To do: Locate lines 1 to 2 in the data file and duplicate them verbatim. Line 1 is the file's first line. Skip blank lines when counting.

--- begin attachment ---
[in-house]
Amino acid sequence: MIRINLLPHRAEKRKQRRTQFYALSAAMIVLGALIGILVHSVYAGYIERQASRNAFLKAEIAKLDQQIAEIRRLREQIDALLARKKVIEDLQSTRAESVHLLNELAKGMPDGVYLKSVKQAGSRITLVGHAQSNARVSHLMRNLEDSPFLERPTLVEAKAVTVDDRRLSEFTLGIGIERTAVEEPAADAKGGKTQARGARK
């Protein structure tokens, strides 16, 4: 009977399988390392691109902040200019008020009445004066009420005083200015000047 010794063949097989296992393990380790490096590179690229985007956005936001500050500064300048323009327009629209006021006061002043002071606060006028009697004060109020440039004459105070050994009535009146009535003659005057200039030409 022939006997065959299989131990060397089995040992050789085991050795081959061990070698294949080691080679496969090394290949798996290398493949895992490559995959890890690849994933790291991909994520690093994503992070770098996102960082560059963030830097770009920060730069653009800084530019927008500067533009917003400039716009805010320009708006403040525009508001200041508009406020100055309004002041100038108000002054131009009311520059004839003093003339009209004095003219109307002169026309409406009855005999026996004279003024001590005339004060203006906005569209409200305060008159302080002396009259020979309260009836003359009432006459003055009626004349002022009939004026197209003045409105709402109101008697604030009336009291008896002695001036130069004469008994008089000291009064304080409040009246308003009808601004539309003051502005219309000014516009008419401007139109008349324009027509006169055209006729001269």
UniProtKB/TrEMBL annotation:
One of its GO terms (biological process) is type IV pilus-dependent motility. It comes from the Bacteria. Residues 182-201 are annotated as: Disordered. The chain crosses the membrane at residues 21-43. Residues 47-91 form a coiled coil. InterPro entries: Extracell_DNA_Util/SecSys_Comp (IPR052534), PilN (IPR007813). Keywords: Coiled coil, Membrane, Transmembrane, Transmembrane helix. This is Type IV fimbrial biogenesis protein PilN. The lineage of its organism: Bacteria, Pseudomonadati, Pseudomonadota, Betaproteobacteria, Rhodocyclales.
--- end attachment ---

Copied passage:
[in-house]
Amino acid sequence: MIRINLLPHRAEKRKQRRTQFYALSAAMIVLGALIGILVHSVYAGYIERQASRNAFLKAEIAKLDQQIAEIRRLREQIDALLARKKVIEDLQSTRAESVHLLNELAKGMPDGVYLKSVKQAGSRITLVGHAQSNARVSHLMRNLEDSPFLERPTLVEAKAVTVDDRRLSEFTLGIGIERTAVEEPAADAKGGKTQARGARK